You cannot drive a car without insurance and registration, and you cannot register or insure a car without a title. Although each state has its own variation on the process, it’s standard procedure to have the seller sign over the title document at the same time as the bill of sale. Yet with millions of used cars changing hands every year, it’s inevitable that at least some sellers will have lost the titles – and others will claim to have lost their titles when something more sinister has happened.
Research the Car
Researching a car’s vehicle identification number and other identifying information should generate a report of a car’s history, including accidents, thefts and other events. If the car was totaled in a wreck or damaged by water in a flood and an insurance company paid a claim on it, that claim likely is part of the car’s record. In addition, the record will show if the car was issued a salvage title, which usually indicates damage costing more than half the car’s value to repair. The report will also note whether the car has been reported stolen – another reason a seller might claim to have lost the title.
If your research discloses that the car has been issued a salvage title, or a reconditioned or rebuilt salvage title, this is a red flag that indicates the car was at some point seriously and potentially irreparably damaged. In many states, vehicles with salvage titles cannot be registered, insured, or driven on public roads. Some states permit the upgrading of a salvage title to rebuilt or reconditioned status if all necessary repairs are performed and the car passes a thorough safety inspection – a time-consuming and costly process. Cars with rebuilt or reconditioned salvage titles are said to be roadworthy. Unfortunately, there’s also a brisk trade in fraudulent rebuilt and reconditioned salvage titles. Unless you’re buying the car for parts, you’re probably better off avoiding one with any kind of salvage title.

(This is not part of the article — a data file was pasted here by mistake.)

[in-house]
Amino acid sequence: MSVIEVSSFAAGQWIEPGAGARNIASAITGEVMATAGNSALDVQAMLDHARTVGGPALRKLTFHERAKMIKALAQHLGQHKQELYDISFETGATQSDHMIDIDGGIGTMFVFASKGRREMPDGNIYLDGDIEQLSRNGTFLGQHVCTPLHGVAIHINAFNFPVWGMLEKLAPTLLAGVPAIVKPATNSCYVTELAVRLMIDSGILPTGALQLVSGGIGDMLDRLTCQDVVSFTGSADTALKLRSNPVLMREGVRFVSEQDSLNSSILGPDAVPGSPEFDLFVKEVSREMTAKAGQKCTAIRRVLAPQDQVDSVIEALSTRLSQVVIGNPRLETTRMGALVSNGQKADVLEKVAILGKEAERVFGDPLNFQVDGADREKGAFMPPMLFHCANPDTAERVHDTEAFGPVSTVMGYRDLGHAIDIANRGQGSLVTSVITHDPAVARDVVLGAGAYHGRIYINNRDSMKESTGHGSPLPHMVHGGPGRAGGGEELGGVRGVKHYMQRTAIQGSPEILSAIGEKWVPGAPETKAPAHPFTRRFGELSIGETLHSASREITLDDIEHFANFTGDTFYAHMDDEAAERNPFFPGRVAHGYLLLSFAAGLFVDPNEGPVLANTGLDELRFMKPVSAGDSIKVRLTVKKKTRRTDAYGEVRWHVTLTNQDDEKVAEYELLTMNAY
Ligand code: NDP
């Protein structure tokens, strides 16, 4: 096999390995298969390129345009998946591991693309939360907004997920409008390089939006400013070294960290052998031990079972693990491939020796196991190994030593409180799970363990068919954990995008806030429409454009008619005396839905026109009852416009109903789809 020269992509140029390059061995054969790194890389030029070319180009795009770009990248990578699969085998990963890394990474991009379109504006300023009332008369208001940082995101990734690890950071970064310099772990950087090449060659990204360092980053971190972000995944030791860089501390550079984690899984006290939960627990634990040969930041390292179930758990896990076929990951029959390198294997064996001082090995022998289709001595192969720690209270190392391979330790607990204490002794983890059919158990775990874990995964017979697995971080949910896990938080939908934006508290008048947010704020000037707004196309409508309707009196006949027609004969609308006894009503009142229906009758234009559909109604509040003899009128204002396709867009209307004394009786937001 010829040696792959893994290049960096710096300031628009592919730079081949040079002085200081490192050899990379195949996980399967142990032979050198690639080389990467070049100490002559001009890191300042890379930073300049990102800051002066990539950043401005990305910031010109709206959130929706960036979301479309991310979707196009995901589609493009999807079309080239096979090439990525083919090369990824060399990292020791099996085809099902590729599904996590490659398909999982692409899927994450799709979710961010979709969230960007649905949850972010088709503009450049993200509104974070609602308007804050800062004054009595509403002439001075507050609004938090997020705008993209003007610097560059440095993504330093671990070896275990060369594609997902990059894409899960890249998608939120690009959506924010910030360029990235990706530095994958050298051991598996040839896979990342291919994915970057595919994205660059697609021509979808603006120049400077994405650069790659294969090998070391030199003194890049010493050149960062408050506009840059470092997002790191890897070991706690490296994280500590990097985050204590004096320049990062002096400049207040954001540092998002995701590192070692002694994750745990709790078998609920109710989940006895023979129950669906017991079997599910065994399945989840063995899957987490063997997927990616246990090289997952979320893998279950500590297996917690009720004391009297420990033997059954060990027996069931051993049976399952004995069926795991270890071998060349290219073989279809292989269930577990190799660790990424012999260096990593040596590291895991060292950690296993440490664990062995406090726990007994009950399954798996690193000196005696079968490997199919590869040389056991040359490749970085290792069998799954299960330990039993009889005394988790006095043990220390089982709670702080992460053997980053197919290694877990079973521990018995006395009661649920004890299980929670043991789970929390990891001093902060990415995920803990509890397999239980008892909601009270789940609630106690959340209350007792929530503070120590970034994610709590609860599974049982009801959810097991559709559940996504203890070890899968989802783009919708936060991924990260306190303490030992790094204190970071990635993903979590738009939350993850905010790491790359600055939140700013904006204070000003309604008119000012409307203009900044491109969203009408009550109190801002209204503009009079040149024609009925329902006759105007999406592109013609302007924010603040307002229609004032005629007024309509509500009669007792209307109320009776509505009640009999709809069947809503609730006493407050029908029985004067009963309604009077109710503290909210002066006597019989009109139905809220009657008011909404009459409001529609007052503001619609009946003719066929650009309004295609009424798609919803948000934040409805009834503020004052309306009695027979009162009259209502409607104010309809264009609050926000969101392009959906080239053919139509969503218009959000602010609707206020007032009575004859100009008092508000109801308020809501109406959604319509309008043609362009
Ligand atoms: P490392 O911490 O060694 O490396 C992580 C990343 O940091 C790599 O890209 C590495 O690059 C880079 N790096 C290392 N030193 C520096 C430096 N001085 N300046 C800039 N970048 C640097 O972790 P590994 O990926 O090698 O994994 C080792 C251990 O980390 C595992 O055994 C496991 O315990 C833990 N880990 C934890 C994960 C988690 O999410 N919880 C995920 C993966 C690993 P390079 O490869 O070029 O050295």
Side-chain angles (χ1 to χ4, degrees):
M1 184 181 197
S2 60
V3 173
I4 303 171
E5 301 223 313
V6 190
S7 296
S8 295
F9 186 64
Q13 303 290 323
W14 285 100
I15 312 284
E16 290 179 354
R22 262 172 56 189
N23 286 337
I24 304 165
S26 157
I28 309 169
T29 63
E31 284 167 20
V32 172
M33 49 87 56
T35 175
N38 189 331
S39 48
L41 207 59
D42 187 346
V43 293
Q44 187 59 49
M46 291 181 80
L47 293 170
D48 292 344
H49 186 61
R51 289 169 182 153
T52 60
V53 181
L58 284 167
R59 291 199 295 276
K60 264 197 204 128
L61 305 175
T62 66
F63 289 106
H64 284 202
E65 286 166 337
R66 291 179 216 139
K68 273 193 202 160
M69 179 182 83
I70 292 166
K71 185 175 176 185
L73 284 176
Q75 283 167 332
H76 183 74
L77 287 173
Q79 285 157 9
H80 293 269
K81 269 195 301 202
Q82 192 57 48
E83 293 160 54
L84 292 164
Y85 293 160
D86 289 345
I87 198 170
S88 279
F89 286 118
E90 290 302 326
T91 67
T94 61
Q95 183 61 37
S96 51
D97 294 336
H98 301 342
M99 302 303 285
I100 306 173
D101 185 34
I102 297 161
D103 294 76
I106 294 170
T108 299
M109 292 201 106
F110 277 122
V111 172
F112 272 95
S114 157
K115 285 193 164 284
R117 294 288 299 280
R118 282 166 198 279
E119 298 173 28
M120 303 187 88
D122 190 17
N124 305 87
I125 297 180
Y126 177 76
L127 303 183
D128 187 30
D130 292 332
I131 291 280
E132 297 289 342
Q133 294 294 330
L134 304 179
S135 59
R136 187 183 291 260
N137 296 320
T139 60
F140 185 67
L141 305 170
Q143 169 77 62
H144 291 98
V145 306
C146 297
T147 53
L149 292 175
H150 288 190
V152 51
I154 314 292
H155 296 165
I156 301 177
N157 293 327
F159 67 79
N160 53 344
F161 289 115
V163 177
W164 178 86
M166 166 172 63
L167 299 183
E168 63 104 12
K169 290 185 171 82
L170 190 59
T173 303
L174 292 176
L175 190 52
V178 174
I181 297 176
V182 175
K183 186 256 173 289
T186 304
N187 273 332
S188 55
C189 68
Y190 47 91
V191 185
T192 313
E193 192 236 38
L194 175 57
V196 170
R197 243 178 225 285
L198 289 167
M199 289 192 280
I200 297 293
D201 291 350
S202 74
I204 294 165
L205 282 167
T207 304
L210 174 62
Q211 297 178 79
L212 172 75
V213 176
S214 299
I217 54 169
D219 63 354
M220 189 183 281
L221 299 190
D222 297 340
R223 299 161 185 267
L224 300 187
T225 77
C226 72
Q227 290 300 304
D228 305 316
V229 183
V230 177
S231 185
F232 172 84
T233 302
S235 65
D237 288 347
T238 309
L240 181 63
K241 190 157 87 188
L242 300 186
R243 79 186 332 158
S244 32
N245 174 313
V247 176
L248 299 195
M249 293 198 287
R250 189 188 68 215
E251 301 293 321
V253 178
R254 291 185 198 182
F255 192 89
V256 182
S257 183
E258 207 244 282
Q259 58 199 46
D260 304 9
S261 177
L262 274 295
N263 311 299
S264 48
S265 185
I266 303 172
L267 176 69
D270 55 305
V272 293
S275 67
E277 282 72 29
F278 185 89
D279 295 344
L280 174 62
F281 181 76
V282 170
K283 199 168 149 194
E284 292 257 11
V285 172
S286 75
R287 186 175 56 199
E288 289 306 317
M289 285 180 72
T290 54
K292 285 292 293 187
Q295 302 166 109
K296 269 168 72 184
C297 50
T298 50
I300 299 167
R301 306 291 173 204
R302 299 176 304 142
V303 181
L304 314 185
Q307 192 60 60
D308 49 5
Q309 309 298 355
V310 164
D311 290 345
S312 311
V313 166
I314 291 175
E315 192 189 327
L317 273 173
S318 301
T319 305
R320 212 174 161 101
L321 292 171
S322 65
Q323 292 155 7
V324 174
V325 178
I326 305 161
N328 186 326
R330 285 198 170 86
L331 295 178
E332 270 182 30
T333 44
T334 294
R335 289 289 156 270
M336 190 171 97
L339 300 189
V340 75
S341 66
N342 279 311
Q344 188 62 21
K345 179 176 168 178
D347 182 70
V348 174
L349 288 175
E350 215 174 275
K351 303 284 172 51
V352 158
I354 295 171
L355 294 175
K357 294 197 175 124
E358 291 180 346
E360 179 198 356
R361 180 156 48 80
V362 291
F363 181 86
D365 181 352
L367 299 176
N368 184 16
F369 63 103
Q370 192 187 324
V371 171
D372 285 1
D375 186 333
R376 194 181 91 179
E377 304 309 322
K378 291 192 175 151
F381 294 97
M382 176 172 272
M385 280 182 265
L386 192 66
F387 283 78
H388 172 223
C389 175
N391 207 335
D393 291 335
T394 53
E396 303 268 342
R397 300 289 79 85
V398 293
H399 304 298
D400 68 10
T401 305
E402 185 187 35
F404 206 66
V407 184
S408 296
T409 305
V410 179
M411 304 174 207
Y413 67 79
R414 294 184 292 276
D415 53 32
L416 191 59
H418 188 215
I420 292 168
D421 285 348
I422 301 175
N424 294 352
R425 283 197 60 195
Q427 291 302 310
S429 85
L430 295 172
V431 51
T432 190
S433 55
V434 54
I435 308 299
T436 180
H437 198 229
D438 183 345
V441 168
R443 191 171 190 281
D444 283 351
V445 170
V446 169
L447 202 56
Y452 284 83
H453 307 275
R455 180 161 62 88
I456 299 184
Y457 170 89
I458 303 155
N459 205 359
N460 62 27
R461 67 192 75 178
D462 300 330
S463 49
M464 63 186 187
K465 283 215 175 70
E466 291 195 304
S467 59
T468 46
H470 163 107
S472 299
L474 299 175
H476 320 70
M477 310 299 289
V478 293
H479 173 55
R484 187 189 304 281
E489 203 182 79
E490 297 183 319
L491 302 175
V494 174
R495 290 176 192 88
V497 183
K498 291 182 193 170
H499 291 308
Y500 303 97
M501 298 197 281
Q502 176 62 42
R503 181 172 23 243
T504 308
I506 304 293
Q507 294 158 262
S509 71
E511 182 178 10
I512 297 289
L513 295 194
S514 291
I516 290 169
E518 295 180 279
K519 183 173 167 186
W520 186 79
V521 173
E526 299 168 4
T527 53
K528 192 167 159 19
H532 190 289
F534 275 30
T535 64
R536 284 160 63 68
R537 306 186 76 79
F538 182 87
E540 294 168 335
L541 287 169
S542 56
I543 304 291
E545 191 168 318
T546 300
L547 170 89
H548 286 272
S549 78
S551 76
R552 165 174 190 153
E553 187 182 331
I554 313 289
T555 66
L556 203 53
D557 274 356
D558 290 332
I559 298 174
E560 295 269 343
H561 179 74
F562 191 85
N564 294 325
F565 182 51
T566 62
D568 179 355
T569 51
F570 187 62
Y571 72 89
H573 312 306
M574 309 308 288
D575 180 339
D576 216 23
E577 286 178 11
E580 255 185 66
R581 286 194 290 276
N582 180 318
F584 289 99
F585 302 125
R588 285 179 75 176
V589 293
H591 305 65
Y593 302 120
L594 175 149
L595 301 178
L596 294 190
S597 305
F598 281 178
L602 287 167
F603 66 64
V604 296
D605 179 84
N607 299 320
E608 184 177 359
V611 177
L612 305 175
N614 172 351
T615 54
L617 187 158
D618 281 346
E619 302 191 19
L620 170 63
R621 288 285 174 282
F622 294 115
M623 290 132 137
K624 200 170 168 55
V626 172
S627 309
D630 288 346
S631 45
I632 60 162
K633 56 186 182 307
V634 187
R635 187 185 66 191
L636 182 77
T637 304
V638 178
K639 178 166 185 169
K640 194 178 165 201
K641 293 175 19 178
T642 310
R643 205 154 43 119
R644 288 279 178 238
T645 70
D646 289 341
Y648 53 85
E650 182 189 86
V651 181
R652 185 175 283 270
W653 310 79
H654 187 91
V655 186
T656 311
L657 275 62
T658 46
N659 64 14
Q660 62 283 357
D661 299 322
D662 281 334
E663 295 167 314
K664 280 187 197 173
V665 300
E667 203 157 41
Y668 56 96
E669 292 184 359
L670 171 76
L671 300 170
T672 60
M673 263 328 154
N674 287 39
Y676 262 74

If there are no adverse reports on the car and it appears that the title has legitimately been lost, the easiest way to replace it is for the registered owner to go to the motor vehicle bureau that issued the license plates and request a duplicate title. This generally takes some time, because the agency must research to ensure that the request is legitimate and that the car was not stolen or totaled. If the title’s legitimately been lost, it’s better to let the seller deal with the motor vehicle agency and complete your purchase when the title is secured. If time is an issue – for instance, if the seller is relocating or is in financial distress and needs the money – you may need to get a bonded title.
If it’s not possible for the seller to secure a duplicate title, it may be necessary to secure a bonded title for the car. A bonded title is like a probationary title that verifies your ownership of the vehicle. Your first step is to find an insurance company that will issue the bond, then swear out an affidavit that complies with your state’s and the insurance company’s requirements. At a minimum, this affidavit will declare that you own the vehicle because you purchased it or it was gifted to you and that you’ve tried unsuccessfully to get the original title. You then have the vehicle appraised and purchase the bond, which remains in effect for the state-mandated period of from one to three years. If nobody challenges your ownership during that time, you will be issued a regular title when the bond expires.
Dale Marshall began writing for Internet clients in 2009. He specializes in topics related to the areas in which he worked for more than three decades, including finance, insurance, labor relations and human resources. Marshall earned a Bachelor of Arts in communication from the University of Connecticut.